I recently came across the following disconcerting message in my kernel’s boot output:
Truncating RAM at 40000000-5fffffff to -57ffffff (vmalloc region overlap). ... Kernel command line: console=ttySC0,115200 mem=512M ... Memory: 384MB = 384MB total
Which is the kernel’s way of saying “I understand there may be some RAM here – but I’m not going to use it all”. So what is the cause of this warning? And what do we need to do to reclaim that lost RAM?
Today I encountered a bug that was quite difficult to find regarding strings. In order for strings to work they must be null-terminated, and this implies that an array of characters can contain a string with a length equal to the array size minus one, because there must be space for the null character. I found out that, when initializing array of chars with strings, the compiler does not complain if just the null character doesn’t fit.
Before I started playing with the BeagleBoard XM I’ve had never booted a board directly from an MMC card and I didn’t have a clue what an ‘MLO’ file was. After some research on the internet it seemed apparent that it was used in place of the traditional first stage boot loader: XLoader. In fact it in most cases it is XLoader – a quick invocation of my toolchain’s string implementation seemed to correlate with this:
$ arm-none-linux-gnueabi-strings /media/boot/MLO | grep X-Loader ()*+,-./0123456789:;< =>?Texas Instruments X-Loader 1.5.0 (Mar 27 2011 - 17:37:56) X-Loader hangs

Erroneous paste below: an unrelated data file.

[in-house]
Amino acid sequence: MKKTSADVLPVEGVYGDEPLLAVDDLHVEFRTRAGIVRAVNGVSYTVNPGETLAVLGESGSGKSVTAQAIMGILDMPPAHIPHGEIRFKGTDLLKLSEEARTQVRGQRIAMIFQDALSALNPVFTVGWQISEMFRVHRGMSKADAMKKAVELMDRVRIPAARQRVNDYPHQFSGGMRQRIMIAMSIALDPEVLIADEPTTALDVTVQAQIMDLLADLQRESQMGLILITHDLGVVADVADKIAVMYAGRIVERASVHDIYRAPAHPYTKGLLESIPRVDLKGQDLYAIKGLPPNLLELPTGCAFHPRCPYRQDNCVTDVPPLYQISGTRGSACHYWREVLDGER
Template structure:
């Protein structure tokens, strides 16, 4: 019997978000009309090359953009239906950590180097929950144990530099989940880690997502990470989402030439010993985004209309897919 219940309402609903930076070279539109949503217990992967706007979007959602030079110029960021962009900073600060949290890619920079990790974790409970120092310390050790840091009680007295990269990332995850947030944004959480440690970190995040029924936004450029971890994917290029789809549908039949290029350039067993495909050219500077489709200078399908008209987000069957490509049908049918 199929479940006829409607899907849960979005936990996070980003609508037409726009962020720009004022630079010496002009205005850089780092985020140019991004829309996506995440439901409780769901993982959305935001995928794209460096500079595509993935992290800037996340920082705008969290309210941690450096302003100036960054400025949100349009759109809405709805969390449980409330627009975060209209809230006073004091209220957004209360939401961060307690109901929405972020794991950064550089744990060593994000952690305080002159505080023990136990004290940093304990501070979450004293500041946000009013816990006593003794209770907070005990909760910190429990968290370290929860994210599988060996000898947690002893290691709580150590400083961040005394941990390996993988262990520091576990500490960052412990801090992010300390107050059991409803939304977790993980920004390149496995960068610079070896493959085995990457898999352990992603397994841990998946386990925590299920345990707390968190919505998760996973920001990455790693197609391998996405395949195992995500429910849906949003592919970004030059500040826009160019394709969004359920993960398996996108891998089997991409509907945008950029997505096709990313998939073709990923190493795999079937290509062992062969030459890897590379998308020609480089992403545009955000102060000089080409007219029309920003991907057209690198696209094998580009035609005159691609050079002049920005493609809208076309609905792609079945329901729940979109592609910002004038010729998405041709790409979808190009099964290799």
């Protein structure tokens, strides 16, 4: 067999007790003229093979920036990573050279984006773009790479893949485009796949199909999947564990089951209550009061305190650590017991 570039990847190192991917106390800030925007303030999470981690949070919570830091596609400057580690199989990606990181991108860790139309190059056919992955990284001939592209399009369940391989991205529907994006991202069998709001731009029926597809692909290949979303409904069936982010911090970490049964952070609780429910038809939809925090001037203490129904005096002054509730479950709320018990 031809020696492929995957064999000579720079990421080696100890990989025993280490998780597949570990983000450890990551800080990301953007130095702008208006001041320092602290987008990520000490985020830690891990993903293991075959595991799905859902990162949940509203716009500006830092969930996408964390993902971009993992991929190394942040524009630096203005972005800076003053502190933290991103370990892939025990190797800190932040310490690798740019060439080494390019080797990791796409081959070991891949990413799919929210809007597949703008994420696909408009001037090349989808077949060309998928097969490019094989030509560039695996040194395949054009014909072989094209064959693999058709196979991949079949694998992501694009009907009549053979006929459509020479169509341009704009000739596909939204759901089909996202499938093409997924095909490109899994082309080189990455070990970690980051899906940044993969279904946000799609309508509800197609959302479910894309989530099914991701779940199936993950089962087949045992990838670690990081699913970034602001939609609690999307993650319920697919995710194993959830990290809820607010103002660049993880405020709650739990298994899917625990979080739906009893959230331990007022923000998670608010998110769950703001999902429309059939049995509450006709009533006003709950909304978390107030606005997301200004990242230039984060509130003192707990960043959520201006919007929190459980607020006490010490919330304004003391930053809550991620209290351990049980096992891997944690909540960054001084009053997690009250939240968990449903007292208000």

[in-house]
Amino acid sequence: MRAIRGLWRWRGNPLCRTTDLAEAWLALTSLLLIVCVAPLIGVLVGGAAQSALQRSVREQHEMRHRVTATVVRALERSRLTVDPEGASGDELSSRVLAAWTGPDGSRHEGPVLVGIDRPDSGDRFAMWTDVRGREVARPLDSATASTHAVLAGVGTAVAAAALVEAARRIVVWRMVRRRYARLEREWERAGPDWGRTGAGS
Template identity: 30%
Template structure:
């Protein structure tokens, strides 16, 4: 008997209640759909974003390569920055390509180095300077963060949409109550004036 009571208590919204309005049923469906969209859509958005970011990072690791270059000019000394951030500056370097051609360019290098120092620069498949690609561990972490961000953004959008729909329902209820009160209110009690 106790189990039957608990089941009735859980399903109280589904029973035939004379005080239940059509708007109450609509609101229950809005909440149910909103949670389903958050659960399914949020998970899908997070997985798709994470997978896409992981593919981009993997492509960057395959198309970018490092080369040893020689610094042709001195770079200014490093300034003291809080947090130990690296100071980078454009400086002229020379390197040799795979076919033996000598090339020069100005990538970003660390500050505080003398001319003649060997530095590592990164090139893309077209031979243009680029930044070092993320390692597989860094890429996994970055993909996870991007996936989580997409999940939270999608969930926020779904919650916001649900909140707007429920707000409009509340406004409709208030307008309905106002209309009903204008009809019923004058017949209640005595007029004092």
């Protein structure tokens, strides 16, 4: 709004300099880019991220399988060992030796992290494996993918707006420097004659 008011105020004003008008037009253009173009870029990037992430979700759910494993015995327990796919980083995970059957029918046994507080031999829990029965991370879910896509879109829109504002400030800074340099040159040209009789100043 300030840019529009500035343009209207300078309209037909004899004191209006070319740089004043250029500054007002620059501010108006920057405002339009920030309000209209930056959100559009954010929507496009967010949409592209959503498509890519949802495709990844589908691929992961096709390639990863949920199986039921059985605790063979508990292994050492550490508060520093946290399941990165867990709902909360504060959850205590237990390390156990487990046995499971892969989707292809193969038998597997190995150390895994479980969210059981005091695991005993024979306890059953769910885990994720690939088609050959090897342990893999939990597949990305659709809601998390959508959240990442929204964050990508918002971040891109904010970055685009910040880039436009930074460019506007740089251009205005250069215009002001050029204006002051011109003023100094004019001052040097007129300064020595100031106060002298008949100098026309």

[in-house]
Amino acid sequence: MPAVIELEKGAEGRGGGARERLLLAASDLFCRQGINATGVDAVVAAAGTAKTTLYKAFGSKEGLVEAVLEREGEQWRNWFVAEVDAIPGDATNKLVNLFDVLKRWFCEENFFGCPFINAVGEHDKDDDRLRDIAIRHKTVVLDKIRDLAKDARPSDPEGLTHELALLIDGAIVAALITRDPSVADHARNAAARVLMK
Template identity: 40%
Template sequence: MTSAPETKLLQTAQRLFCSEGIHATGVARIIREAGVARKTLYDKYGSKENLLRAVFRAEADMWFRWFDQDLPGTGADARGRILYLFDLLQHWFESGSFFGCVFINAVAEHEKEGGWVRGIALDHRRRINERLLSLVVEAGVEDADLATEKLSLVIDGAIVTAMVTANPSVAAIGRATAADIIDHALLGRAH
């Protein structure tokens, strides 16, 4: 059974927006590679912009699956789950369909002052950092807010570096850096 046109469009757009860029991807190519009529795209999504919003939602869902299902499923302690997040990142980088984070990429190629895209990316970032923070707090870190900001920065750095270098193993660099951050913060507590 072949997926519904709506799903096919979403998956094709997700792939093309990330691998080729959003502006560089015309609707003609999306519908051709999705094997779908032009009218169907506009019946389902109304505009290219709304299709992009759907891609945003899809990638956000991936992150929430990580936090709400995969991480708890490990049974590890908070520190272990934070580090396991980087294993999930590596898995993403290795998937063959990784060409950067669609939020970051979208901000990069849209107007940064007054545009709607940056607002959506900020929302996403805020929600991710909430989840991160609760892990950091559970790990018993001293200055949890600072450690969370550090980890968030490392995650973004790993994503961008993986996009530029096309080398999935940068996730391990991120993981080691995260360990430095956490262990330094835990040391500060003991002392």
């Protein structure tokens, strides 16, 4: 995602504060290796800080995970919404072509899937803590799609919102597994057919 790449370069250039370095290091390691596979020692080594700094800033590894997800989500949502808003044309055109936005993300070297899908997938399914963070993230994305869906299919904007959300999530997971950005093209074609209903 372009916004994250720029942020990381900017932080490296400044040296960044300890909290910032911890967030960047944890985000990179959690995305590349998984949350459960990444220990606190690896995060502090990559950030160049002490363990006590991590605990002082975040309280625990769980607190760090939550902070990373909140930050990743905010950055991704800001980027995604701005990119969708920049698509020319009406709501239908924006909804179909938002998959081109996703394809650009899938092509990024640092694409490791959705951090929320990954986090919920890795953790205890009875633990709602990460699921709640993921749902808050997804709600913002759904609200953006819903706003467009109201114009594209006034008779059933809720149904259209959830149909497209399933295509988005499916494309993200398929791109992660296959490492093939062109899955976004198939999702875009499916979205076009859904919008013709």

I was curious as to why it was named MLO, how the board boots into this Image and how I can create my own MLO with some bare metal code. This post answers these questions and results in a very simple executable MLO file. It will probably satisfy those readers who like to understand and write all the code that runs on a board. It’s very easy to use a boot loader like UBoot to obtain and execute an image from an MMC card – but it adds boot time, duplication and complexity. Besides it’s fun to get close to the metal…
Last year at the ELCE 2010 conference in Cambridge I performed a talk about reducing boot times of embedded Linux devices. The video of this talk has now been posted on-line:
ELCE 2010 – The Right Approach to Minimal Boot Times ELCE Video (Best viewed in Chrome)
The accompanying slides for this presentation can be found here